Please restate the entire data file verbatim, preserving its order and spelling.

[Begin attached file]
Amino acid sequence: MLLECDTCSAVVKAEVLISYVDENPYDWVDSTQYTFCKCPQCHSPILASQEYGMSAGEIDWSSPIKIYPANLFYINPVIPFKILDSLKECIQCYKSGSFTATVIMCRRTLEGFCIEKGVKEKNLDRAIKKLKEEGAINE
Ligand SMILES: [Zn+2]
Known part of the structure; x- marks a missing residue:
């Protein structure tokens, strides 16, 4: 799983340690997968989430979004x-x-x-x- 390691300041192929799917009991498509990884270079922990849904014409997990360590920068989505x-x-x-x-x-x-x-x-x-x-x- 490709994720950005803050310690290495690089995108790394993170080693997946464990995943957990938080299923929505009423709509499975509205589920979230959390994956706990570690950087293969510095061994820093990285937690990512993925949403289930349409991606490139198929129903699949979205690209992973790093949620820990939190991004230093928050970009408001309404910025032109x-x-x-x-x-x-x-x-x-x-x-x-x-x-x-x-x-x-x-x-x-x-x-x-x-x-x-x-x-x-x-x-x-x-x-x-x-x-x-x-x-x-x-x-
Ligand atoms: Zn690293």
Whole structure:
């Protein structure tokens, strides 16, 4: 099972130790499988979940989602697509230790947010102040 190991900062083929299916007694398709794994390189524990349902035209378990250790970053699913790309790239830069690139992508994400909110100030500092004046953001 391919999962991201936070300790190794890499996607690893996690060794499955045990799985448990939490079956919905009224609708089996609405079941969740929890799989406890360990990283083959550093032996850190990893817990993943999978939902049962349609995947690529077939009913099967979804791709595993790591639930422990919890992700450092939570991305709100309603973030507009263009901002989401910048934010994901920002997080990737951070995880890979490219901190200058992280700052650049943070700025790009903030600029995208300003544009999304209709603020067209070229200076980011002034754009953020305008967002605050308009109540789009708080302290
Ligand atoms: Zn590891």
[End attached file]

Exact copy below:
Amino acid sequence: MLLECDTCSAVVKAEVLISYVDENPYDWVDSTQYTFCKCPQCHSPILASQEYGMSAGEIDWSSPIKIYPANLFYINPVIPFKILDSLKECIQCYKSGSFTATVIMCRRTLEGFCIEKGVKEKNLDRAIKKLKEEGAINE
Ligand SMILES: [Zn+2]
Known part of the structure; x- marks a missing residue:
């Protein structure tokens, strides 16, 4: 799983340690997968989430979004x-x-x-x- 390691300041192929799917009991498509990884270079922990849904014409997990360590920068989505x-x-x-x-x-x-x-x-x-x-x- 490709994720950005803050310690290495690089995108790394993170080693997946464990995943957990938080299923929505009423709509499975509205589920979230959390994956706990570690950087293969510095061994820093990285937690990512993925949403289930349409991606490139198929129903699949979205690209992973790093949620820990939190991004230093928050970009408001309404910025032109x-x-x-x-x-x-x-x-x-x-x-x-x-x-x-x-x-x-x-x-x-x-x-x-x-x-x-x-x-x-x-x-x-x-x-x-x-x-x-x-x-x-x-x-
Ligand atoms: Zn690293």
Whole structure:
């Protein structure tokens, strides 16, 4: 099972130790499988979940989602697509230790947010102040 190991900062083929299916007694398709794994390189524990349902035209378990250790970053699913790309790239830069690139992508994400909110100030500092004046953001 391919999962991201936070300790190794890499996607690893996690060794499955045990799985448990939490079956919905009224609708089996609405079941969740929890799989406890360990990283083959550093032996850190990893817990993943999978939902049962349609995947690529077939009913099967979804791709595993790591639930422990919890992700450092939570991305709100309603973030507009263009901002989401910048934010994901920002997080990737951070995880890979490219901190200058992280700052650049943070700025790009903030600029995208300003544009999304209709603020067209070229200076980011002034754009953020305008967002605050308009109540789009708080302290
Ligand atoms: Zn590891």